Monday, June 26, 2006

Mormon Worthiness

A regular part of a Mormon's life is worthiness interviews with the bishop. The first one happens at age 8 in preparation for baptism. They become regular once a member turns twelve and young men get ordained to the priesthood and all the youth start to go to the temple to do baptisms for the dead. In fact, our stake began requiring interviews from the bishop before youth were allowed to attend stake dances to ensure that the youth were aware of church standards and were worthy to participate. As adults, members are supposed to "take out their endowments" after which they are expected to constantly wear the temple garments they receive and after which they are supposed to regularly attend the temple to do work for the dead. A worthiness interview is required at least every two years (used to be every year) from the bishop and stake president in order to receive a temple recommend that allows entrance into the temple. The questions can be found here.

So, what does it take to be worthy and what are these interviews like? Yesterday I was recalling how my abusive father was considered worthy to attend the temple and be in the bishopric despite physical and emotional abuse of his family throughout his life. As far as I know, he never confessed his sins and never repented of them. It suppose it is possible that he never knew that what he was doing was wrong.

One of the temple worthiness questions is whether the member is obeying the law of chastity. I know from personal experience that bishops sometimes ask probing, detailed questions regarding this question since it causes so many people problems. For example, the bishop may ask about masturbation or petting or necking. In a way, I guess this might be considered educational; that is making sure that the person is aware of the church's standards and what it considers acceptable bounds on sexual behavior. Fine.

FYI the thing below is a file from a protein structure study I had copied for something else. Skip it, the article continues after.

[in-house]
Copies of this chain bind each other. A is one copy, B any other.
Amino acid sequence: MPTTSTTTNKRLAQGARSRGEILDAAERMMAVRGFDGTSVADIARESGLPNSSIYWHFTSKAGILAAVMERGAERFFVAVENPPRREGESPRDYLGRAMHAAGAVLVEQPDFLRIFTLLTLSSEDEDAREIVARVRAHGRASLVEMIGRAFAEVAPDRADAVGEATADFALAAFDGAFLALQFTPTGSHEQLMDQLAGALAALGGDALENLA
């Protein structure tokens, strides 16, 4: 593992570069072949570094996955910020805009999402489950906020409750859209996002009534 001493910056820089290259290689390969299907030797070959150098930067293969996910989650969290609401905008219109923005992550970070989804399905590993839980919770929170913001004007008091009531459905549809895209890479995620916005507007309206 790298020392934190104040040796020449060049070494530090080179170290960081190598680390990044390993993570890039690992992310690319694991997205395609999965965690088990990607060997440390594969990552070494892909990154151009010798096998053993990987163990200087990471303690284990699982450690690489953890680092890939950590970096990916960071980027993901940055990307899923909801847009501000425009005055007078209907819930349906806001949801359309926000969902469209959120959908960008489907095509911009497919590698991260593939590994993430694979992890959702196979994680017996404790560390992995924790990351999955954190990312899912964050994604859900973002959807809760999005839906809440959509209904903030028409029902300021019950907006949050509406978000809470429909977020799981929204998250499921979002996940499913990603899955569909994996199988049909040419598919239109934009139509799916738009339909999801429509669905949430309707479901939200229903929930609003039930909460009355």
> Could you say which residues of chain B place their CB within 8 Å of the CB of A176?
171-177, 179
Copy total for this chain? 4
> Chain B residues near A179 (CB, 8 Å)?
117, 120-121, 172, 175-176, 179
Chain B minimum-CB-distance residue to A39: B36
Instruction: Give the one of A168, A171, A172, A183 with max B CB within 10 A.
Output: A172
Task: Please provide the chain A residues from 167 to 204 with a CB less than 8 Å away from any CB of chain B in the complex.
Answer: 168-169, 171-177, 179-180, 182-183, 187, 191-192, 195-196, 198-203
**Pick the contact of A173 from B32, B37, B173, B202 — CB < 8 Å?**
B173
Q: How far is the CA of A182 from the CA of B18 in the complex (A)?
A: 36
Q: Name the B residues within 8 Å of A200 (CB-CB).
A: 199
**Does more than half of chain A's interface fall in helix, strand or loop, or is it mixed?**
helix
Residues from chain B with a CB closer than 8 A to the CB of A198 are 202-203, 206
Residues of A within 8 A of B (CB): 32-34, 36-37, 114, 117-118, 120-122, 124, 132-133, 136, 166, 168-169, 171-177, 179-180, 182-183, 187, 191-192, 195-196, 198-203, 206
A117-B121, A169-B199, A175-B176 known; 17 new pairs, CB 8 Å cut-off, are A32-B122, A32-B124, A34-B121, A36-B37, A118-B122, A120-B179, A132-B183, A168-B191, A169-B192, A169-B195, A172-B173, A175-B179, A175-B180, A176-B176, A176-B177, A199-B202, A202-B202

A number of years ago the church added a question to the temple recommend interview regarding any conduct inside the home. It asks,
Is there anything in your conduct relating to members of your family that is not in harmony with the teachings of the Church?
It is generally understood that it was added to combat incest in the church or at least make it appear that the church is doing something about incest. At least that is what bishops have told me when I responded that I didn't always feel comfortable with the way that I treated and disciplined my children. This is a pretty broad question, much more so than the law of chastity. But, do bishops ask such probing questions regarding abuse in the home? Either they don't or else my father lied in the interviews or else the bishop didn't consider punching, choking, and kicking down doors abuse. If he believed that the question only pertained to incest, then he could truthfully answer no. But, I dare say that if a video camera captured his behavior few people would have found it in harmony with the teachings of Christ or even the Mormon church.

Given some comments I've received, I don't think I was the only Mormon kid who suffered abuse in the home from "temple worthy" parents. If this is truly a big problem in the church, and I think it is, then why aren't the questions more probing? Why don't they extend beyond incest? Why doesn't the church it control over temple access to control and restrain parenting to Christ-like behavior?

I don't have the answer. I wish I did. To me it is a further indictment of the lack of inspiration and leadership of TSCC that it doesn't work to combat abuse in the home in all of its forms. It make me tremble with rage to think that church leaders sign off on the worthiness of people who abuse their family members and show no remorse and make no attempts to reform their behavior.